Also on: PC, Xbox One, Switch
Publisher: Wired Productions
Developer: KeokeN Interactive
It doesn?t take long for the big flaw in Deliver Us The Moon to make itself known. Just a few minutes into the game, you?re walking through a door, going from one room to the next — nothing too momentous. Then, mid-stride, everything freezes. And stays that way for about five seconds.
If this just happened once, it would be an odd glitch, easily forgotten about. Unfortunately, however, it happens every time the game saves. Multiply that one moment of freezing to every couple of minutes over the course of the 5-6 hour game, and you can see how it would very quickly go from odd to annoying. It disrupts the flow of the game, and takes you out of the story.
This is especially bad for a game like Deliver Us The Moon that?s all about its story, and all about immersing players in its tense, desolate world. It?s a walking simulator where you?re on a mission to (as the title implies) the Moon, and it?s on your shoulders to save humanity. For the most part, you?re floating or bouncing or wandering through an abandoned space station or a seemingly empty lunar colony, trying to find resources and figure out what happened to the previous inhabitants. You?re driven by the sense of urgency that comes with needing to save the planet.
Or, at least, you would be driven by a sense of urgency if you weren?t constantly being pulled out of the game by the freezing.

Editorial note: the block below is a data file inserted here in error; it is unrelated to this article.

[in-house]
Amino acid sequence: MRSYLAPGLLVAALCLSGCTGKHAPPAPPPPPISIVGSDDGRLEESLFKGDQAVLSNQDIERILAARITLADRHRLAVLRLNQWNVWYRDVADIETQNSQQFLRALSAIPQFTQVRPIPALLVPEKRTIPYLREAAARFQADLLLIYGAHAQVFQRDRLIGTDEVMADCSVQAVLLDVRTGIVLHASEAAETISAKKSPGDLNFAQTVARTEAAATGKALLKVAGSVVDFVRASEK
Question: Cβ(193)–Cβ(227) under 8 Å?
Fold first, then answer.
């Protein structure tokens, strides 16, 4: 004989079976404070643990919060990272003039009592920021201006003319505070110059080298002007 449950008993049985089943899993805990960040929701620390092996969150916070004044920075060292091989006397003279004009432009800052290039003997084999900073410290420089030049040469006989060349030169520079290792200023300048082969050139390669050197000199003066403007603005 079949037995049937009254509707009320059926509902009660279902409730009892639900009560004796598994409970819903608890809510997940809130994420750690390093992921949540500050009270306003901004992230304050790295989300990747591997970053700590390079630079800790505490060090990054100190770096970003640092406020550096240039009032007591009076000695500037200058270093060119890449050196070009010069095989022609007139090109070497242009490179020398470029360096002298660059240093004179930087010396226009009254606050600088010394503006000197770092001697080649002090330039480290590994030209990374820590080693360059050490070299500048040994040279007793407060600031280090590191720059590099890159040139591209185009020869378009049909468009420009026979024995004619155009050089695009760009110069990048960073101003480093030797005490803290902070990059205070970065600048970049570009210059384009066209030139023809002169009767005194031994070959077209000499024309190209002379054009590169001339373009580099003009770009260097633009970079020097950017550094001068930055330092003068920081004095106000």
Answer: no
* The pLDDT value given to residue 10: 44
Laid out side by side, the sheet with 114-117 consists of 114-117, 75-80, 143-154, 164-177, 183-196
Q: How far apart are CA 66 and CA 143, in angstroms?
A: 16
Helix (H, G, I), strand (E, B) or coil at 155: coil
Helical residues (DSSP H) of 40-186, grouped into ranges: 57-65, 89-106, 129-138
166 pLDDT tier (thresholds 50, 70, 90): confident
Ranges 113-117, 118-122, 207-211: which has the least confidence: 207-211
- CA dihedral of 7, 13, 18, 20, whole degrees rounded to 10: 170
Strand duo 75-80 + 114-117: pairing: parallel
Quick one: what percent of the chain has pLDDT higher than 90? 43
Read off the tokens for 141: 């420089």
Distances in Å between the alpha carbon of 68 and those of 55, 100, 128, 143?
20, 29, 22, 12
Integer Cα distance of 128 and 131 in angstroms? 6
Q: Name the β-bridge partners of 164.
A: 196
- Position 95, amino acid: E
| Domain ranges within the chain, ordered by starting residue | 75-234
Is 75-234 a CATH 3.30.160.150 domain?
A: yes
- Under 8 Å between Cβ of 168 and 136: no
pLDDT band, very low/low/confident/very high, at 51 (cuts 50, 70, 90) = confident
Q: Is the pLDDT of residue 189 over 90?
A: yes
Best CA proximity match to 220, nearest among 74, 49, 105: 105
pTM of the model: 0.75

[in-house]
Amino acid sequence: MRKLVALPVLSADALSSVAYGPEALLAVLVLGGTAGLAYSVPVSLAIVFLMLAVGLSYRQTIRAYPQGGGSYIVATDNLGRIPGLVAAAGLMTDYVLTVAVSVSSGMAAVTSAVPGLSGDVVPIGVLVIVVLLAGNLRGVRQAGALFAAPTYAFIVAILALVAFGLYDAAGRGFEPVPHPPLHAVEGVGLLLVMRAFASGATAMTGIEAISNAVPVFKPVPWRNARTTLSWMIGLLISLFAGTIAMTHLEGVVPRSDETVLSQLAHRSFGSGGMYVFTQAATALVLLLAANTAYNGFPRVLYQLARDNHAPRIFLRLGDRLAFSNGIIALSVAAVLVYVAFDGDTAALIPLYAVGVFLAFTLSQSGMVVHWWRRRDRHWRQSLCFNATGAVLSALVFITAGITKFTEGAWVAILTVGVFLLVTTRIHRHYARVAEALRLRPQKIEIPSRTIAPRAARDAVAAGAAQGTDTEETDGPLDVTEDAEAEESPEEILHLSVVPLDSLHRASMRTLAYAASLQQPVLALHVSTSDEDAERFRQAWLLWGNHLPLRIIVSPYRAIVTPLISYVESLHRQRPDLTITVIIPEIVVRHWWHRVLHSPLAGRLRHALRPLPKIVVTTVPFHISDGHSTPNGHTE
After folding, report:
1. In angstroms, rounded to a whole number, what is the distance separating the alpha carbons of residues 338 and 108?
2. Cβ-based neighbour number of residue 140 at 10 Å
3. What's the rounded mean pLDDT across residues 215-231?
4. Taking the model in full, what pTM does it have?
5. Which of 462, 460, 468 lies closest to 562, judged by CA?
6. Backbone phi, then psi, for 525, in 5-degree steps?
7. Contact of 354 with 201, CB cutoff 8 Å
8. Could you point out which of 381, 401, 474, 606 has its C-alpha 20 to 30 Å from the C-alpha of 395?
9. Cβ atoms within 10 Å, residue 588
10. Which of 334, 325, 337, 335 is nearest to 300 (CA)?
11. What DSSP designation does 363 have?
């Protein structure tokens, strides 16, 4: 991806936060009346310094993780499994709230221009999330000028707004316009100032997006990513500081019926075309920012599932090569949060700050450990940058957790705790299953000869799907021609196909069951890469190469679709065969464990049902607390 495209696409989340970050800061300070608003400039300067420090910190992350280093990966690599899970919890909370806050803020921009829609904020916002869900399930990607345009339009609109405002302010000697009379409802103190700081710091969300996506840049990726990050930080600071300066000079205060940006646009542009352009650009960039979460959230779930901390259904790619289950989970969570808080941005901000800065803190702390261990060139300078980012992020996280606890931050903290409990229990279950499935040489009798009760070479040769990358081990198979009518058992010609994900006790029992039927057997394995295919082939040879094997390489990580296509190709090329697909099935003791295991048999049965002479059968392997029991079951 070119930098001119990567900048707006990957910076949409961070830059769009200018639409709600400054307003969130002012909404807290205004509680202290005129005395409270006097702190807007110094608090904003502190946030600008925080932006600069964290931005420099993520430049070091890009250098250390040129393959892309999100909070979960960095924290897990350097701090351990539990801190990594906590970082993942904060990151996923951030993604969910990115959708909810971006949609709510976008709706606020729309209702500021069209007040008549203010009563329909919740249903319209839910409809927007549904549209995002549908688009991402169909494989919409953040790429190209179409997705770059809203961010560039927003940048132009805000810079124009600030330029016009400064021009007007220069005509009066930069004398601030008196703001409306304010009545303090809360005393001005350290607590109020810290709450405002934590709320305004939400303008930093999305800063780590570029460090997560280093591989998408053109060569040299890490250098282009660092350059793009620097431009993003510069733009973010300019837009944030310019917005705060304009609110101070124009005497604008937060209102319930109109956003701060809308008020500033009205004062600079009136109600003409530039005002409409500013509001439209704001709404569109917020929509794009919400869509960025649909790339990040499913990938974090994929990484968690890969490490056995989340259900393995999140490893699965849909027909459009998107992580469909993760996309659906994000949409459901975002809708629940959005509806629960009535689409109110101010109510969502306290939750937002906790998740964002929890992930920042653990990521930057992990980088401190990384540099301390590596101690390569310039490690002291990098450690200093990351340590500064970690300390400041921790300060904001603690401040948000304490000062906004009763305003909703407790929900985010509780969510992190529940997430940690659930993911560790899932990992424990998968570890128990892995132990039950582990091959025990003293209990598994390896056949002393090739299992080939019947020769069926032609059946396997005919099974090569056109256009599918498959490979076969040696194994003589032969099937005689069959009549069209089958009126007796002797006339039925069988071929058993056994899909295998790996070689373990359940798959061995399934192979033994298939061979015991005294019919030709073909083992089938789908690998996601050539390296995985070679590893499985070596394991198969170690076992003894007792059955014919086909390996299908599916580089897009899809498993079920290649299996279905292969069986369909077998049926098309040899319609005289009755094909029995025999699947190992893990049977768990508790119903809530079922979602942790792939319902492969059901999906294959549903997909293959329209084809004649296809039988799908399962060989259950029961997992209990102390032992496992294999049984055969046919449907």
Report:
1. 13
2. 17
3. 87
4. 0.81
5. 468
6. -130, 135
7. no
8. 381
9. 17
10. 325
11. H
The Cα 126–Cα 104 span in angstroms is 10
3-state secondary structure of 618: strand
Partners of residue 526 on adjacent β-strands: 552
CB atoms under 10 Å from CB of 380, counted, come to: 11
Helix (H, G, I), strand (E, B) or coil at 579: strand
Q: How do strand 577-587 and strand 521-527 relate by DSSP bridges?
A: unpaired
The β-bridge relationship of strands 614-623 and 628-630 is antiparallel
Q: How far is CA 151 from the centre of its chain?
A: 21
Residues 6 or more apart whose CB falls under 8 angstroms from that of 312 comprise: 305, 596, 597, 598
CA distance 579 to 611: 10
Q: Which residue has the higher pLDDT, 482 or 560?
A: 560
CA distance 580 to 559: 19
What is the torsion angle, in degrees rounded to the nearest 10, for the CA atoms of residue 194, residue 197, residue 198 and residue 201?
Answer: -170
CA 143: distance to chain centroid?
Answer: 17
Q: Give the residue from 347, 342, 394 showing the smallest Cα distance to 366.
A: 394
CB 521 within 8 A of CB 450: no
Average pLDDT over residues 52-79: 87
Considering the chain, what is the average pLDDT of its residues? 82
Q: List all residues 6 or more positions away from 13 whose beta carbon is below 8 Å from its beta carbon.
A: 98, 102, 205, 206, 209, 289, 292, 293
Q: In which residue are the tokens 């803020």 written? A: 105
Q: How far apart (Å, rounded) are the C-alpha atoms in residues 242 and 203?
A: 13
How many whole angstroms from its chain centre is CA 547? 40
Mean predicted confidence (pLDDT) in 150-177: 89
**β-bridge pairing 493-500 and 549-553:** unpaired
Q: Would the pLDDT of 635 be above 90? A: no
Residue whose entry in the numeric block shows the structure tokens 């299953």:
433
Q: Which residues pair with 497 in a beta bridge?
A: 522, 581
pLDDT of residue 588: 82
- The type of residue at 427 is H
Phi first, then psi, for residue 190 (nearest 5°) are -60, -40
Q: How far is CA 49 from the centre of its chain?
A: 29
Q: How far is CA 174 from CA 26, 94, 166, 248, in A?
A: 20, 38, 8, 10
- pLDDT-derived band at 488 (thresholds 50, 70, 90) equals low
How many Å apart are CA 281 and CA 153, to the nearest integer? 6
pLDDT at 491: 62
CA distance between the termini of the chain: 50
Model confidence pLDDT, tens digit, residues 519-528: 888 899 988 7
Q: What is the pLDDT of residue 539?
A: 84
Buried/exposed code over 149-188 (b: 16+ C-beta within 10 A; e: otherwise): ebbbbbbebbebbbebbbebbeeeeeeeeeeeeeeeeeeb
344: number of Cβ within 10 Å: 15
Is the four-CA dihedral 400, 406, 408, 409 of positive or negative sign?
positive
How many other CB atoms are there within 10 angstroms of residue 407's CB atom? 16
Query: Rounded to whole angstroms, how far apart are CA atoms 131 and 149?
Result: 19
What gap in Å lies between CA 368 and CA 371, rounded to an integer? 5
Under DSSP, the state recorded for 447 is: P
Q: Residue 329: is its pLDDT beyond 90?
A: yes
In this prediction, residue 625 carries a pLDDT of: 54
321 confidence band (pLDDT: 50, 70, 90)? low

It?s especially a shame in this case, since we?d be talking about a pretty solid game otherwise. The story is told in fragments, via all kinds of clues that have been left behind. It?s not a new approach, of course, but it works when it?s done well, and it?s definitely done well here.
On top of that, the puzzles here add to the game in a way that feels organic. There?s always the risk in games like these that the puzzles will feel forced, or out of place. That?s not the case here. Just as the story is always (in theory) pushing you on to the next task that you need to do to stay alive, the puzzles always always feel like they?re a natural part of that urgency, as you carry out tasks that, presumably, are necessary to getting a space station or a lunar colony up and running.
Again, though, it?s hard to maintain a real sense of urgency when technical glitches conspire to diminish that urgency. With slightly better performance, Deliver Us The Moon could have been one of the best games of the year. As it stands, it?ll have to settle for being merely intriguing.
Wired Productions provided us with a Deliver Us The Moon PS4 code for review purposes.